WESTFIELD, NJ - For reasons as various as the products sold, Westfield merchants moved their summer sales outside among the swarms of people buzzing about the warm weather and hot deals.
“It’s more than just sales. It’s a lot of fun,” said Dr. Ted Schlosberg, founder and executive director of New Jersey Workshop for the Arts. “It’s great being outside and getting to talk to people. I never know who I am going to meet or what is going to transpire.”
Although NJ Workshop for the Arts has given lessons and sold instruments out of its East Broad street store for over forty years, last week was the first time it participated in the annual downtown Westfield Sidewalk Sale.
“It really helped us to turn over our inventory,” Schlosberg said. “I thought if other stores can to it with clothes, then we can do it with instruments and lessons.”
With the majority of the event held outside, the Sidewalk Sale attracts a multitude of shoppers each July who enjoy strolling the streets of Westfield looking for a bargain, or those who come to watch Jiji the clow or Joe the juggler. During the four days that the sale takes place merchants are given permission to display their product on the sidewalk. Mainly discounted items are set out in an attempt to move summer product in preparation for incoming fall inventory. This year the Sidewalk Sale took place over the past four days, Thursday thru Sunday.
On Sunday Schlosberg wore a white brimmed cap pulled slightly over his large dark sunglasses as he sat atop a stool outside his shop organizing pamphlets among various instruments scattered on the makeshift table. Jazz music poured from the store’s open windows enticing passing consumers.
“One guy stopped and bought a mini trumpet we had on the table,” Schlosberg said. “We got to talking and I learned he had played since high school so I invited him to join our band in October. Another couple walking by told me they were only here for the summer. When they saw the pamphlets that had information on our summer classes they signed up. Now when they go home to South America in the fall they will know how to play an instrument.”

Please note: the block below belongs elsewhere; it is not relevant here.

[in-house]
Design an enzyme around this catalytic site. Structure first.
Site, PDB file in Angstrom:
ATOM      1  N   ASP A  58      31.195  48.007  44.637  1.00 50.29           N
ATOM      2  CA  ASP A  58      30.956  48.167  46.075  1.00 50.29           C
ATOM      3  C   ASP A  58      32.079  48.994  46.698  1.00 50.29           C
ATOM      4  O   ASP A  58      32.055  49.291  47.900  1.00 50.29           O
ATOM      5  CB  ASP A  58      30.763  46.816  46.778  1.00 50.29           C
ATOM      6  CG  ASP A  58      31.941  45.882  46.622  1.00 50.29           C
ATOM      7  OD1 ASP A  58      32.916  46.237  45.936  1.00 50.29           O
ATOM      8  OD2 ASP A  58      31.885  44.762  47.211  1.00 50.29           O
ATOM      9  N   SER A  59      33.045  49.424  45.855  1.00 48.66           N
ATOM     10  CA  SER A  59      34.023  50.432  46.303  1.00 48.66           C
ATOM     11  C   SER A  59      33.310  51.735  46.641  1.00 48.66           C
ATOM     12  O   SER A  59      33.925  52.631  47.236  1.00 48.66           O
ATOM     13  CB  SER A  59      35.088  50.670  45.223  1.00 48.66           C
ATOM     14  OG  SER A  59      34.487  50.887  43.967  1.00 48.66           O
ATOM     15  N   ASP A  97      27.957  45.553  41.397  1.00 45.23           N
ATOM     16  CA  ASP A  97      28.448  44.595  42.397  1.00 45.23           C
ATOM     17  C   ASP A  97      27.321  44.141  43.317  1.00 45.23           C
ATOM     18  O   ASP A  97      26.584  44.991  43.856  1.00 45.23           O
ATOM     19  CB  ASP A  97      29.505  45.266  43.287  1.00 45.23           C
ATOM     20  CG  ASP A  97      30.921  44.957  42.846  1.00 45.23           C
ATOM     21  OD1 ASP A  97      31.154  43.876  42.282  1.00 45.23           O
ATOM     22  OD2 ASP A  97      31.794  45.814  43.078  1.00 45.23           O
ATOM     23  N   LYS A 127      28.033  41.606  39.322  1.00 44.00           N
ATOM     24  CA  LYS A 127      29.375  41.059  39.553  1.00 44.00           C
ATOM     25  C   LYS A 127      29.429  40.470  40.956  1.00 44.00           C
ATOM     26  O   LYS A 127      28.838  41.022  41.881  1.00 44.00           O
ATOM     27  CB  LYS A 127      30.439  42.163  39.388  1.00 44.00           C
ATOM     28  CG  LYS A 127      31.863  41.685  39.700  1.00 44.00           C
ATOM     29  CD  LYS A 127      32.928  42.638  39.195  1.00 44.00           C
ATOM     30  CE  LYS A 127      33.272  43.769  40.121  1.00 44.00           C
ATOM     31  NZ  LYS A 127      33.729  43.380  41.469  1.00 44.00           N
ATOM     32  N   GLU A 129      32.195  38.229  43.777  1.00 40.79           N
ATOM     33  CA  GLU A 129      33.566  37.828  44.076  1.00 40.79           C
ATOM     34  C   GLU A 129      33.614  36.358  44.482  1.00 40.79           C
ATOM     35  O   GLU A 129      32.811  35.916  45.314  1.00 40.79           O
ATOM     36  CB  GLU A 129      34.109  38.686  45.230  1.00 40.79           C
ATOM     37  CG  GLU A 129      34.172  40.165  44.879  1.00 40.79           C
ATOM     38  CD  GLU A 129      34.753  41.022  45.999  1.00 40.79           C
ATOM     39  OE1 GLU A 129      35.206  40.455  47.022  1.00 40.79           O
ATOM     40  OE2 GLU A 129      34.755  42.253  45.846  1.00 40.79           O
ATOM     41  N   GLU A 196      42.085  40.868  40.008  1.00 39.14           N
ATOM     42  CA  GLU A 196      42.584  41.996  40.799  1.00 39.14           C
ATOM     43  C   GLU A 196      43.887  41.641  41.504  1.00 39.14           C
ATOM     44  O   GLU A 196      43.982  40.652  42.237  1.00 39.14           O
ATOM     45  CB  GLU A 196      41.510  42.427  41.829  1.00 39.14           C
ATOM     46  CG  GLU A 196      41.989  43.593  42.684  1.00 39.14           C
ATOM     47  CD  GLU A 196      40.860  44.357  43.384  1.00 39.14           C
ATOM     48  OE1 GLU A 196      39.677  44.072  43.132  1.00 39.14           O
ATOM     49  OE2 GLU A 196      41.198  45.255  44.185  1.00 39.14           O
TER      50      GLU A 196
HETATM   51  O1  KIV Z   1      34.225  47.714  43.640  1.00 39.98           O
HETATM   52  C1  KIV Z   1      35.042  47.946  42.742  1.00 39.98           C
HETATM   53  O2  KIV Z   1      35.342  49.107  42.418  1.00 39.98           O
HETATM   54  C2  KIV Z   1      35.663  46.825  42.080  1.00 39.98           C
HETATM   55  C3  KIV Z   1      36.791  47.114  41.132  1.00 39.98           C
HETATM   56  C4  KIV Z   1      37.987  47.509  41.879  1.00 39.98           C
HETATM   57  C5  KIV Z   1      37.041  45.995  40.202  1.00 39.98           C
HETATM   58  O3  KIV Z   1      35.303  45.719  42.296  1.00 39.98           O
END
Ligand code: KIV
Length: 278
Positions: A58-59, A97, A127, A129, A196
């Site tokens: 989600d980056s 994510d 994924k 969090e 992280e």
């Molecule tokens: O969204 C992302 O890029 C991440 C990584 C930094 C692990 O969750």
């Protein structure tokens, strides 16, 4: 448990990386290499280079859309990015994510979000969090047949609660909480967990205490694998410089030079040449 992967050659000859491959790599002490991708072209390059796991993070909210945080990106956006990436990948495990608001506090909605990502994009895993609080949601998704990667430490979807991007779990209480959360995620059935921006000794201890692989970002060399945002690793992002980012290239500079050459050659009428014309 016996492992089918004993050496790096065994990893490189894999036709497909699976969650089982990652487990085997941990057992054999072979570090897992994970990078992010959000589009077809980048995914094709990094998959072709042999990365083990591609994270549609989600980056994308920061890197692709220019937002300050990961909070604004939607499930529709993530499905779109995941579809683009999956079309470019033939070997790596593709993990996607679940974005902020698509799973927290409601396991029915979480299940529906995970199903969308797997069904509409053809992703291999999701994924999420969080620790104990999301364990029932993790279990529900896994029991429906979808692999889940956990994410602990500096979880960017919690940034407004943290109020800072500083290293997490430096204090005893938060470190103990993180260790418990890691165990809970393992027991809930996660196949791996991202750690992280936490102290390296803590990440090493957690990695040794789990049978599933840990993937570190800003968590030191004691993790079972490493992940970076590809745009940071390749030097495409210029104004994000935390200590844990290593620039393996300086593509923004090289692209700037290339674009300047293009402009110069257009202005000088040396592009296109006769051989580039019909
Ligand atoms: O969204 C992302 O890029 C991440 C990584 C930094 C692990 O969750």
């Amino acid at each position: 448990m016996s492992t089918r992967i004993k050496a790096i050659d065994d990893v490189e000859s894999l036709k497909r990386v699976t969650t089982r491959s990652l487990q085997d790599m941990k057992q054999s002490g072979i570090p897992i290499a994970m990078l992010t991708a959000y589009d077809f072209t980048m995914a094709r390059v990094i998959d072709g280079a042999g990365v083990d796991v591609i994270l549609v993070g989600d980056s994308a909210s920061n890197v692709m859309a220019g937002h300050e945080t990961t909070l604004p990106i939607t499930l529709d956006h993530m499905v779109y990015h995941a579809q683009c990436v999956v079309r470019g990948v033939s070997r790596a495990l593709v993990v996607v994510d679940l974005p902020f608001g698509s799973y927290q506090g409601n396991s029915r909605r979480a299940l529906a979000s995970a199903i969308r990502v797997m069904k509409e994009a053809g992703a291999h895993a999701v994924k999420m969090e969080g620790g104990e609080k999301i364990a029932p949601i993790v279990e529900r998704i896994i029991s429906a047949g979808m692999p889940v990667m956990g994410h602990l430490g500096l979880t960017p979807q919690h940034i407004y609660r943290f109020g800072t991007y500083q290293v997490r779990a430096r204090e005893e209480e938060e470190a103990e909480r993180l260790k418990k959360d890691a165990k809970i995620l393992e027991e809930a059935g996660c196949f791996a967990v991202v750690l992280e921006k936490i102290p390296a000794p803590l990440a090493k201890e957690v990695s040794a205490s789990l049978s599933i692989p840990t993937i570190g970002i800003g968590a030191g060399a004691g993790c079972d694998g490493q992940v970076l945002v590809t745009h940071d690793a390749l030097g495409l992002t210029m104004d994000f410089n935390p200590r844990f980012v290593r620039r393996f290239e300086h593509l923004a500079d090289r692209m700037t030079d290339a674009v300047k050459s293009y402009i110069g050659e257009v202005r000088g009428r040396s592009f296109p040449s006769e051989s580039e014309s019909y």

While Schlosberg enjoyed the summer air and company provided by the sale, Studio S’s manager Mary Rose Sherry found a different perk from participating in the event.
“When we opened the first week in June it was hard to get people in here,” she said. “We sell discounted designer clothes and everyone thought we were a consignment shop. But this opened up the door for people to see what we have. So many people downtown have been coming in and I think people have a different view of us now and it will help generate more traffic.”
However, stores participating in the Sidewalk Sale for the first time weren’t the only ones who benefited. Maryann Waxtel, the manager at Williams Sonoma, said over the past 11 years they typically see their sales double, and occasionally triple, over the four day period.
“It runs in conjunction will our nationwide summer sale, but our Westfield store always gets more customer attention,” Waxtel said. “The fact that people come to the Sidewalk Sale from all over because so many stores participate helps to ensure we have a solid payroll and opportunity for our employees to work.”
Westfield resident Trish Scott was one of many walking along East Broad with a green and white Williams Sonoma paper bag hung amongst a handful of purchases.
“I wasn’t planing on stopping at Williams Sonoma,” Scott said. “I came to town to pick up a pair of shoes being fixed at American Shoe Repair, but when I walked by I saw the sales so I stopped by and ended up getting great deals at great prices.”
The owner of American Shoe Repair, Manny Sa, has been participating in the Sidewalk Sale the past 20 years because Scott is not an exception among the consumers. Sa put four clothing racks and two tables outside of his East Broad street store.
“People look and see the stuff outside and like it,” Sa said. “It’s a good thing to do every year, it brings a lot of traffic to the town and helps me clear out some clothing.”